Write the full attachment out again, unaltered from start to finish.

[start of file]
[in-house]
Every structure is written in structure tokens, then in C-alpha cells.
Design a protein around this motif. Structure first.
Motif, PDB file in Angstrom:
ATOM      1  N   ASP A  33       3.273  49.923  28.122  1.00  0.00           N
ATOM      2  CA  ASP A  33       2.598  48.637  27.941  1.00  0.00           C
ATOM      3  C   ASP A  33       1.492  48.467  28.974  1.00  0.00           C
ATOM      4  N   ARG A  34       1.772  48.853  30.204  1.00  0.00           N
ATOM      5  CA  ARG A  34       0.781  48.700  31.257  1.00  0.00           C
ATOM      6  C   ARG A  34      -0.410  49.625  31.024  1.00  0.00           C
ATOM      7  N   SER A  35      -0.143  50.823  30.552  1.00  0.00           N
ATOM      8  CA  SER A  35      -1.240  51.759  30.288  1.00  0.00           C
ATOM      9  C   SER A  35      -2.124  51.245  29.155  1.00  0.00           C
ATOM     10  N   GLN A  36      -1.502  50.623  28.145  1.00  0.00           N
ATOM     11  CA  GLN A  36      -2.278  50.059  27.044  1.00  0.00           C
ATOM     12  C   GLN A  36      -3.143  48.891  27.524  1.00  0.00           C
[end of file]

[in-house]
Every structure is written in structure tokens, then in C-alpha cells.
Design a protein around this motif. Structure first.
Motif, PDB file in Angstrom:
ATOM      1  N   ASP A  33       3.273  49.923  28.122  1.00  0.00           N
ATOM      2  CA  ASP A  33       2.598  48.637  27.941  1.00  0.00           C
ATOM      3  C   ASP A  33       1.492  48.467  28.974  1.00  0.00           C
ATOM      4  N   ARG A  34       1.772  48.853  30.204  1.00  0.00           N
ATOM      5  CA  ARG A  34       0.781  48.700  31.257  1.00  0.00           C
ATOM      6  C   ARG A  34      -0.410  49.625  31.024  1.00  0.00           C
ATOM      7  N   SER A  35      -0.143  50.823  30.552  1.00  0.00           N
ATOM      8  CA  SER A  35      -1.240  51.759  30.288  1.00  0.00           C
ATOM      9  C   SER A  35      -2.124  51.245  29.155  1.00  0.00           C
ATOM     10  N   GLN A  36      -1.502  50.623  28.145  1.00  0.00           N
ATOM     11  CA  GLN A  36      -2.278  50.059  27.044  1.00  0.00           C
ATOM     12  C   GLN A  36      -3.143  48.891  27.524  1.00  0.00           C